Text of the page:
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Wildrose promises cash rebates to Albertans if oil money creates budget surplus

CREMONA, Alta. – Alberta’s Wildrose party is promising free oil money for all if it wins the election on April 23.

Leader Danielle Smith announced Monday a Wildrose government would pay directly to citizens 20 per cent of all future budget surpluses generated by oil and natural gas revenues.

“We all own the resources and we all deserve to have a share in that wealth,” Smith said at a campaign stop.

Smith has already said her party will pass a law to have half of all surpluses go to growing the nest-egg Heritage Trust Fund.

On Monday, she said the next 20 per cent will go into the Alberta Energy Dividend Fund.

“Whenever this fund exceeds $750 million, we will distribute it equally to all Albertans,” said Smith.

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The Alberta government is predicting oil will average out at US$108 a barrel by 2015. Smith said if that happens, her team would cut a $300 cheque to every man, woman, and child.

She said the payout makes more sense than the waste seen under Premier Alison Redford’s Progressive Conservative government, which includes $2 billion for pilot projects on carbon capture and storage.

“The Alberta Energy Dividend makes sure when times are good it’s Albertans who will benefit directly, not politicians, not the bureaucracy,” said Smith.

The promise echoes a payback plan delivered in 2005 by former Progressive Conservative premier Ralph Klein.

With the budget surplus approaching $7 billion that year, Klein announced a direct $400 cash rebate to all Albertans at a cost of $1.4 billion.

The move was panned by some as a cheap stunt from a premier who had given so little thought to economic planning, the only idea he could come up with was to give some money back.

But it was a public relations success, with Albertans putting their “Ralph Bucks” into savings accounts for children or treating themselves to trips or consumer goods.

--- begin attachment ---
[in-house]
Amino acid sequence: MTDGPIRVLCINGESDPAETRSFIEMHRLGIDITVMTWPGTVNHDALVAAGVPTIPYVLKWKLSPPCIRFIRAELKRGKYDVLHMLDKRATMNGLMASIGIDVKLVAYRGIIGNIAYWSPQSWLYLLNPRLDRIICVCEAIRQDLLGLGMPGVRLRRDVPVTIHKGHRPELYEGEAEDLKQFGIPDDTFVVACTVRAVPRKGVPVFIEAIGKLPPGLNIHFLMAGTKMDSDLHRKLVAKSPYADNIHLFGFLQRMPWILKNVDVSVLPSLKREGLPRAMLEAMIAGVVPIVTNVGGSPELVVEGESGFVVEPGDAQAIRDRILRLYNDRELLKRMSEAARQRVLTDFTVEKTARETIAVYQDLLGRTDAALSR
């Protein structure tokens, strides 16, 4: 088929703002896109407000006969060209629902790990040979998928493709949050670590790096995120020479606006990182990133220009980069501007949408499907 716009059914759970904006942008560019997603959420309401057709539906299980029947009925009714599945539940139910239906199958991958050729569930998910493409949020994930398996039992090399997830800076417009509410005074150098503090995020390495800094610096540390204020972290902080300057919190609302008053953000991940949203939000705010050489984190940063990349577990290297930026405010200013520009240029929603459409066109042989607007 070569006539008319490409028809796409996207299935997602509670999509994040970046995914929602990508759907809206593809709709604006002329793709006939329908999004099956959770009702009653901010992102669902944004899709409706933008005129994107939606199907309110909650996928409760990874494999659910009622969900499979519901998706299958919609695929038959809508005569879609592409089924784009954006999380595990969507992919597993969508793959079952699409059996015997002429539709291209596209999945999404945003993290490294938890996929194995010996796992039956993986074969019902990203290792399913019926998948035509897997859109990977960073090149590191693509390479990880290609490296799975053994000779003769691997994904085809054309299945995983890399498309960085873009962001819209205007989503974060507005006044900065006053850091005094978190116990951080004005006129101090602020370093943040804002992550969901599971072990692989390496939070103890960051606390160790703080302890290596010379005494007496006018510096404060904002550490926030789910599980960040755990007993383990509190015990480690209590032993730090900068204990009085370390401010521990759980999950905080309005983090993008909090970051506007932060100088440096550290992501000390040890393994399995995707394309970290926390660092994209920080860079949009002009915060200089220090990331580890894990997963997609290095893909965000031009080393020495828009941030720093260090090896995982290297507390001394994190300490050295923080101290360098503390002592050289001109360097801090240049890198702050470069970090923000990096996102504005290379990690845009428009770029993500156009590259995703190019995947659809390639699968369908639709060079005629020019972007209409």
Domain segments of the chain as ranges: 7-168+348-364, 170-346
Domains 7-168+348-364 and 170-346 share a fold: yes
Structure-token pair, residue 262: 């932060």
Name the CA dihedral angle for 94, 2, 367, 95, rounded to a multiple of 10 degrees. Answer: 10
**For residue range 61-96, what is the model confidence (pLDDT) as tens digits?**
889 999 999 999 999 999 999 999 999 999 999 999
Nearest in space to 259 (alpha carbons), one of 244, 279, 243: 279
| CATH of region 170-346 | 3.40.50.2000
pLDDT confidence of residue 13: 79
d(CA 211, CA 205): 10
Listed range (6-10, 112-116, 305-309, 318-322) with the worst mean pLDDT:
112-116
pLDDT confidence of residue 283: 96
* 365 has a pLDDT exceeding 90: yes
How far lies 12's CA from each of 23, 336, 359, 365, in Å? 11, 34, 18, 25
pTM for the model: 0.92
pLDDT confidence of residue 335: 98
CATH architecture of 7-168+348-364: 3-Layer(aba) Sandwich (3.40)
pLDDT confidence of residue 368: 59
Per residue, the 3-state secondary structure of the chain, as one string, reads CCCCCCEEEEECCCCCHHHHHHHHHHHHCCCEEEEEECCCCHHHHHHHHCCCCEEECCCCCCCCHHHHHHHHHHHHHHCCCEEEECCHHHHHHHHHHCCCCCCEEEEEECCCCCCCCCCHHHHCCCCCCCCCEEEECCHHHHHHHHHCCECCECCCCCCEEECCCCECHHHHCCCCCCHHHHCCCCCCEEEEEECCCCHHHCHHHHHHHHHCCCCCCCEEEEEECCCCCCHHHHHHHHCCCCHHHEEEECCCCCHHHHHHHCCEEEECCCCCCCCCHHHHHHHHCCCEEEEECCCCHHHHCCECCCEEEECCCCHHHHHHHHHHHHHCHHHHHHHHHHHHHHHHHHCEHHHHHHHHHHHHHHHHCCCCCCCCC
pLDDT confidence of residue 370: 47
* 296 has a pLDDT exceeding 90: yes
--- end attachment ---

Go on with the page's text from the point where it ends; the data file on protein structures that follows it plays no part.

Redford said the Wildrose is budgeting with rose-coloured glasses by promising in recent days it can give cash back, grow the nest-egg Heritage Fund to $200 billion within 20 years, balance the budget and not raise taxes.

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“It’s another daily announcement that just doesn’t add up,” Redford told reporters while on a stop in Strathmore.

“If there are these daily announcements without understanding or (the Wildrose) being prepared to explain the overall framework, where do we end up losing?

“Where do we end up making those hard choices, and my fear is that we end up making them around education, around health care and around infrastructure.

“We need to make sure that we’re thinking long-term.”

The Wildrose says it’s a lack of long-term thinking that has allowed the Tories under former premier Ed Stelmach to run up multibillion-dollar deficits for years, even though oil has been at record highs.

This year, the Tories had to withdraw $3.7 billion from the rainy day Sustainability Fund to make ends meet, and will still run an estimated $886 million deficit.

There is no long-term debt because of yearly withdrawals from the Sustainability Fund.

This year’s provincial budget doesn’t hike taxes or introduce new ones. Redford has promised that next year’s budget will be free of red ink.

Monday’s announcement was another instalment of a Wildrose plan to give back money to help Albertans deal with the inflation and rising costs associated with a booming petro-fuelled economy.

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The Wildrose has already promised tax rebates for families with young children, for kids in sports and the arts, along with an end to mandatory add-on school fees.

Smith has also promised to balance the budget immediately by cutting government waste, putting the proposed new Royal Alberta Museum in Edmonton on hold, and extending the timelines for other non-core infrastructure projects.

She has been particularly critical of the government’s carbon capture and storage plan.

The plan, introduced under Stelmach, has already spent $1.6 billion in a joint project with oil companies on an experiment to mass-liquefy carbon dioxide and store it underground.

Carbon capture and storage has been criticized as expensive, fig leaf technology, allowing governments and oil companies to appear to be working to save the environment while avoiding having to make drastic cuts or impose meaningful penalties on carbon emissions.

Redford has already said she doesn’t plan to pursue the technology.

– By Dean Bennett in Edmonton and Bill Graveland in Strathmore